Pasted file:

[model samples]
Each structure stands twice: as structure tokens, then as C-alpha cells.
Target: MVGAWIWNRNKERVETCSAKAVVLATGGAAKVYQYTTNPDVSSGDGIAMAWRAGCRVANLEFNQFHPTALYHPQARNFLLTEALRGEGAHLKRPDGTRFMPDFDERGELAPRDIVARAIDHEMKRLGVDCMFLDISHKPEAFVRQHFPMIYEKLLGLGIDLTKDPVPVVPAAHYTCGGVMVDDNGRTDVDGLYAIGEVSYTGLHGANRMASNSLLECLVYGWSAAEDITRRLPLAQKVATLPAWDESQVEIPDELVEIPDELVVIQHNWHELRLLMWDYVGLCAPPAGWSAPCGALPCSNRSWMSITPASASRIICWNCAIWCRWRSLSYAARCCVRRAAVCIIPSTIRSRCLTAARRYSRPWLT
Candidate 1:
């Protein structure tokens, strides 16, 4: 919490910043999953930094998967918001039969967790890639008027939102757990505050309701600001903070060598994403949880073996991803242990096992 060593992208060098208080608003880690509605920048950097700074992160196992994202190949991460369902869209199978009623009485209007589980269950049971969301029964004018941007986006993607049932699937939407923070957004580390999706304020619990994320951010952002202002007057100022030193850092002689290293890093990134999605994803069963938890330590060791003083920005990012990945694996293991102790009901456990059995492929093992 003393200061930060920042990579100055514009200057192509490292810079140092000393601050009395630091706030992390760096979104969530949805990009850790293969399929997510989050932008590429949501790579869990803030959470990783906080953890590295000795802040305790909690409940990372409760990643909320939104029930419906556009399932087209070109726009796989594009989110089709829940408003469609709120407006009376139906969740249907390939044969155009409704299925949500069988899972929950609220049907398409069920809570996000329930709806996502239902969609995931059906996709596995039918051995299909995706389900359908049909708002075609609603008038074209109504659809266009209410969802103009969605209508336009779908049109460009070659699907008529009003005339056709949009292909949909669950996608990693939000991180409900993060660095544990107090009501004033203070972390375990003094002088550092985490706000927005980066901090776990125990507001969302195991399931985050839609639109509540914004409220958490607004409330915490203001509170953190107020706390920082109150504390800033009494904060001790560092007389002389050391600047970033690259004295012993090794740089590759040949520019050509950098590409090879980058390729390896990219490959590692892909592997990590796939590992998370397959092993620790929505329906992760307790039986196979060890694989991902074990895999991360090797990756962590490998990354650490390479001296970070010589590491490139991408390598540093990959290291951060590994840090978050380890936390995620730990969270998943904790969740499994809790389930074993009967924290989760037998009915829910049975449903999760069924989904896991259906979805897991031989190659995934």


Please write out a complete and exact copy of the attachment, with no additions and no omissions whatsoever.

[model samples]
Each structure stands twice: as structure tokens, then as C-alpha cells.
Target: MVGAWIWNRNKERVETCSAKAVVLATGGAAKVYQYTTNPDVSSGDGIAMAWRAGCRVANLEFNQFHPTALYHPQARNFLLTEALRGEGAHLKRPDGTRFMPDFDERGELAPRDIVARAIDHEMKRLGVDCMFLDISHKPEAFVRQHFPMIYEKLLGLGIDLTKDPVPVVPAAHYTCGGVMVDDNGRTDVDGLYAIGEVSYTGLHGANRMASNSLLECLVYGWSAAEDITRRLPLAQKVATLPAWDESQVEIPDELVEIPDELVVIQHNWHELRLLMWDYVGLCAPPAGWSAPCGALPCSNRSWMSITPASASRIICWNCAIWCRWRSLSYAARCCVRRAAVCIIPSTIRSRCLTAARRYSRPWLT
Candidate 1:
């Protein structure tokens, strides 16, 4: 919490910043999953930094998967918001039969967790890639008027939102757990505050309701600001903070060598994403949880073996991803242990096992 060593992208060098208080608003880690509605920048950097700074992160196992994202190949991460369902869209199978009623009485209007589980269950049971969301029964004018941007986006993607049932699937939407923070957004580390999706304020619990994320951010952002202002007057100022030193850092002689290293890093990134999605994803069963938890330590060791003083920005990012990945694996293991102790009901456990059995492929093992 003393200061930060920042990579100055514009200057192509490292810079140092000393601050009395630091706030992390760096979104969530949805990009850790293969399929997510989050932008590429949501790579869990803030959470990783906080953890590295000795802040305790909690409940990372409760990643909320939104029930419906556009399932087209070109726009796989594009989110089709829940408003469609709120407006009376139906969740249907390939044969155009409704299925949500069988899972929950609220049907398409069920809570996000329930709806996502239902969609995931059906996709596995039918051995299909995706389900359908049909708002075609609603008038074209109504659809266009209410969802103009969605209508336009779908049109460009070659699907008529009003005339056709949009292909949909669950996608990693939000991180409900993060660095544990107090009501004033203070972390375990003094002088550092985490706000927005980066901090776990125990507001969302195991399931985050839609639109509540914004409220958490607004409330915490203001509170953190107020706390920082109150504390800033009494904060001790560092007389002389050391600047970033690259004295012993090794740089590759040949520019050509950098590409090879980058390729390896990219490959590692892909592997990590796939590992998370397959092993620790929505329906992760307790039986196979060890694989991902074990895999991360090797990756962590490998990354650490390479001296970070010589590491490139991408390598540093990959290291951060590994840090978050380890936390995620730990969270998943904790969740499994809790389930074993009967924290989760037998009915829910049975449903999760069924989904896991259906979805897991031989190659995934």